Answer: Wearing techeles was always an integral part of the mitzva of wearing tzitzis. Unfortunately, however, the art of making techeles from the chilazon has been lost for close to 2,000 years. The Midrash (Tanchuma, Shelach) laments that “now we have no techeles, only white, as techeles has been hidden.” While the Tosefta (Bava Metzia 61:) writes that one who doesn’t wear techeles has transgressed the mitzva of tzitzis, we see in the Gemara (Bava Metzia 61b and Menachot 40a, 43a) that wearing the wrong techeles invalidates the tzitzis.
But what is the chilazon? In the 1880’s, the Radzyner Rebbe, R’ Gershon Henoch Leiner, maintained that a particular squid (Sepia officinalis) was the long lost chilazon. He published 3 seforim on the subject, though while many used this dye to make techeles, it was far from blue and white! In 1913, R’ Issac Herzog published his doctoral thesis on techeles, naming a mollusk (Murex trunculus) as the most likely candidate for the source of techeles. The debate continues to this day.
While R’ Herzog’s arguments are most compelling, the Beis Halevi (R’ Yosef Ber Soloveitchik, 1820-1892) maintained that as the techeles has been lost from our mesorah, tradition, it should not be reinstated, irrespective of the evidence.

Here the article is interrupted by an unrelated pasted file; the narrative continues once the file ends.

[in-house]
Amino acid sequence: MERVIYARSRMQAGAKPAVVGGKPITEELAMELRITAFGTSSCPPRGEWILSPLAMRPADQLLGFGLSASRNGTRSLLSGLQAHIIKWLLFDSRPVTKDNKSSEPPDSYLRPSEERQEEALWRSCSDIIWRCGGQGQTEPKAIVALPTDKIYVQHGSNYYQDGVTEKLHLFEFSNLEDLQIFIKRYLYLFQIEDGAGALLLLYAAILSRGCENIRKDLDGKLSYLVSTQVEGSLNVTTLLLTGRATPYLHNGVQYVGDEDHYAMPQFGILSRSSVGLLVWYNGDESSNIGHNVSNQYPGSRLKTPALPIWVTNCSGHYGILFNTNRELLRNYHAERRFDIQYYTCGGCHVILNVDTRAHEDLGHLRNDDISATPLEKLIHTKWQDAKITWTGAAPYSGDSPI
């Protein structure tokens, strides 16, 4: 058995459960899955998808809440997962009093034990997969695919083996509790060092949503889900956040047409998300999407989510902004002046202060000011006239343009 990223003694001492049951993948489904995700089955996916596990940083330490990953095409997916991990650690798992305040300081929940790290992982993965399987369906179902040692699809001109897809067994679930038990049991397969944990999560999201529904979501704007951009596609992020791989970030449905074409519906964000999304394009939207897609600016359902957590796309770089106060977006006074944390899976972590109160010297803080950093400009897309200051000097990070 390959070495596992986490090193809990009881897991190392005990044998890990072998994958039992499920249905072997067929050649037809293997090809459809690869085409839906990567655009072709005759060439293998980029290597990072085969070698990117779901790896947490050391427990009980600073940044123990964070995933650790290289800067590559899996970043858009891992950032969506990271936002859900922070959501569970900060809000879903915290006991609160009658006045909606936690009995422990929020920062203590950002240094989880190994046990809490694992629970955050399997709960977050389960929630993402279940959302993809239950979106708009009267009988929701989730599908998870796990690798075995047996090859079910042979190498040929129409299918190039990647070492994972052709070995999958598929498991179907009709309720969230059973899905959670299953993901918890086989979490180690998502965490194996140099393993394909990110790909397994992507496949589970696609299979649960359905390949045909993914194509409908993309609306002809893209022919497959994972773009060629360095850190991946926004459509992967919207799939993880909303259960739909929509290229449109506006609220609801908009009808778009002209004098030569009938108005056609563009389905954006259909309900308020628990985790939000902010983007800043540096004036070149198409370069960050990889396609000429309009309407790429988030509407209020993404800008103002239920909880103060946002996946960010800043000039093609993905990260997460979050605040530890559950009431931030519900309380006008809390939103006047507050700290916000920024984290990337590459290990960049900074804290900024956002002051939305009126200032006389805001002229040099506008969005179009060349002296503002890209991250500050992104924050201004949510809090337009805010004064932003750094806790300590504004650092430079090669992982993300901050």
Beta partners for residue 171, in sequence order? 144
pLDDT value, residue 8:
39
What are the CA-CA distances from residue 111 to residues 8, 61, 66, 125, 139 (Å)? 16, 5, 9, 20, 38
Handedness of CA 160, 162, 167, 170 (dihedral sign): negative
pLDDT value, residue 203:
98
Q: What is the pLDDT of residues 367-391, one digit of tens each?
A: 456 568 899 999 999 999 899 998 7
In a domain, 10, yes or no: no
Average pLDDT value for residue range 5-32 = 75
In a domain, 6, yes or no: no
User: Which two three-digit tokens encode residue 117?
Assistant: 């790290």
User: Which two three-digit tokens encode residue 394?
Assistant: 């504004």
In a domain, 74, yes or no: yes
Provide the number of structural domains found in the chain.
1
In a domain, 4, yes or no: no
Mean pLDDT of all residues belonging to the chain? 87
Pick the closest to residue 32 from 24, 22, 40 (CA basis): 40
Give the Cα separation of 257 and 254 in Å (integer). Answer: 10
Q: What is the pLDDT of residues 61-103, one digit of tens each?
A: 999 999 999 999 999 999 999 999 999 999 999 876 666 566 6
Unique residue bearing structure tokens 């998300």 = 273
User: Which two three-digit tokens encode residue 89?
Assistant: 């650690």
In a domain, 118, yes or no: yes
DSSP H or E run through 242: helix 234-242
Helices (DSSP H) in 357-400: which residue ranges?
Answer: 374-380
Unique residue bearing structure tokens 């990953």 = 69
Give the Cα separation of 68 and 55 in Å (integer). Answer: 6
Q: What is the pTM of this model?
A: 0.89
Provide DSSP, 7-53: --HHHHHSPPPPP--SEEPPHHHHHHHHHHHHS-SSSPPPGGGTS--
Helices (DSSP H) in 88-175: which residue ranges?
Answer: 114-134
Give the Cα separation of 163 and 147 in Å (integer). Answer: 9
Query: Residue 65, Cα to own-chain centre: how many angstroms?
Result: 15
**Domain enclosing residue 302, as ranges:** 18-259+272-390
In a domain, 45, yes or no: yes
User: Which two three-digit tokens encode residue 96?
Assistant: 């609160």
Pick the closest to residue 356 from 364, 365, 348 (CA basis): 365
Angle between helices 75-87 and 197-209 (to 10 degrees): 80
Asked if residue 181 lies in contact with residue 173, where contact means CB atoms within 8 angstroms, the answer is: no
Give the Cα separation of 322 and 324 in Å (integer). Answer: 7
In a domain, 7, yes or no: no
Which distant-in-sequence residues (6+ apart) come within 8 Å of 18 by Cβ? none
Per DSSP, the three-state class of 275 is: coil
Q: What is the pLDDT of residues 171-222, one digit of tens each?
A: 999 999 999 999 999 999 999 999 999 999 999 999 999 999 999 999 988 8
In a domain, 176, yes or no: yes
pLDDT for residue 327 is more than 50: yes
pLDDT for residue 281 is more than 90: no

It is certainly no simple matter to reinstate a ‘lost tradition:’
While Kohanim duchen daily (Birchas Kohanim) in Eretz Yisrael, in chutz la’aretz this mitzva is reserved for Yom Tov. Various reasons have been given for this, including our lack of true simcha in the Diaspora. Nonetheless, many gedolim including both the Vilna Gaon and his student, R’ Chaim of Volozhin unsuccessfully tried to reinstate the daily beracha. The Aruch Hashulchan (OC 128:64) writes that it’s as if there was a voice from heaven calling out against reinstating it.We eagerly await the day when the true glory of these Mitzvos will be reinstated for all.